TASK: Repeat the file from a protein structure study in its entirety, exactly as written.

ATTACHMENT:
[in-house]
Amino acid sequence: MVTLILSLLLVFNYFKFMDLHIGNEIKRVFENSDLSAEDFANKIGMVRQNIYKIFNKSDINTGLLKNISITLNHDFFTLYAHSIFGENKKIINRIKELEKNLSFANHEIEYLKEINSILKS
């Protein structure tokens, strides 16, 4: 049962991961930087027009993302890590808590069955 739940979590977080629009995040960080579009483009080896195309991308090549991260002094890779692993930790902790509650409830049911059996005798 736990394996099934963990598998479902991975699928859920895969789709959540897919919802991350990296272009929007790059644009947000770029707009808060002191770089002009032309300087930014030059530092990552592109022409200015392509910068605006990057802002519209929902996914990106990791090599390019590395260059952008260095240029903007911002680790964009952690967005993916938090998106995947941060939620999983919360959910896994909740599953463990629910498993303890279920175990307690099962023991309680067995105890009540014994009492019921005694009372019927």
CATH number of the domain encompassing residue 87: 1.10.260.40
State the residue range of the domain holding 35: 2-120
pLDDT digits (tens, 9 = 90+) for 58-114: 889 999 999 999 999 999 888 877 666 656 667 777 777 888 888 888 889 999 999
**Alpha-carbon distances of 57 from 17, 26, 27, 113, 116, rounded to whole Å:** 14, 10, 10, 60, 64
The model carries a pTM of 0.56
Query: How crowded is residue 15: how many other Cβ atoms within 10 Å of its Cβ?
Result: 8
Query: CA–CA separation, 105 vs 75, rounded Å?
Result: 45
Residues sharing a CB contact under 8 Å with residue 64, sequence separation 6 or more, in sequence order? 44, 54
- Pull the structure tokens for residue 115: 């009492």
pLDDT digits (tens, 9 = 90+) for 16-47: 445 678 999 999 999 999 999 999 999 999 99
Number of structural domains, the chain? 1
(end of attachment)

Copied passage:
[in-house]
Amino acid sequence: MVTLILSLLLVFNYFKFMDLHIGNEIKRVFENSDLSAEDFANKIGMVRQNIYKIFNKSDINTGLLKNISITLNHDFFTLYAHSIFGENKKIINRIKELEKNLSFANHEIEYLKEINSILKS
């Protein structure tokens, strides 16, 4: 049962991961930087027009993302890590808590069955 739940979590977080629009995040960080579009483009080896195309991308090549991260002094890779692993930790902790509650409830049911059996005798 736990394996099934963990598998479902991975699928859920895969789709959540897919919802991350990296272009929007790059644009947000770029707009808060002191770089002009032309300087930014030059530092990552592109022409200015392509910068605006990057802002519209929902996914990106990791090599390019590395260059952008260095240029903007911002680790964009952690967005993916938090998106995947941060939620999983919360959910896994909740599953463990629910498993303890279920175990307690099962023991309680067995105890009540014994009492019921005694009372019927």
CATH number of the domain encompassing residue 87: 1.10.260.40
State the residue range of the domain holding 35: 2-120
pLDDT digits (tens, 9 = 90+) for 58-114: 889 999 999 999 999 999 888 877 666 656 667 777 777 888 888 888 889 999 999
**Alpha-carbon distances of 57 from 17, 26, 27, 113, 116, rounded to whole Å:** 14, 10, 10, 60, 64
The model carries a pTM of 0.56
Query: How crowded is residue 15: how many other Cβ atoms within 10 Å of its Cβ?
Result: 8
Query: CA–CA separation, 105 vs 75, rounded Å?
Result: 45
Residues sharing a CB contact under 8 Å with residue 64, sequence separation 6 or more, in sequence order? 44, 54
- Pull the structure tokens for residue 115: 């009492």
pLDDT digits (tens, 9 = 90+) for 16-47: 445 678 999 999 999 999 999 999 999 999 99
Number of structural domains, the chain? 1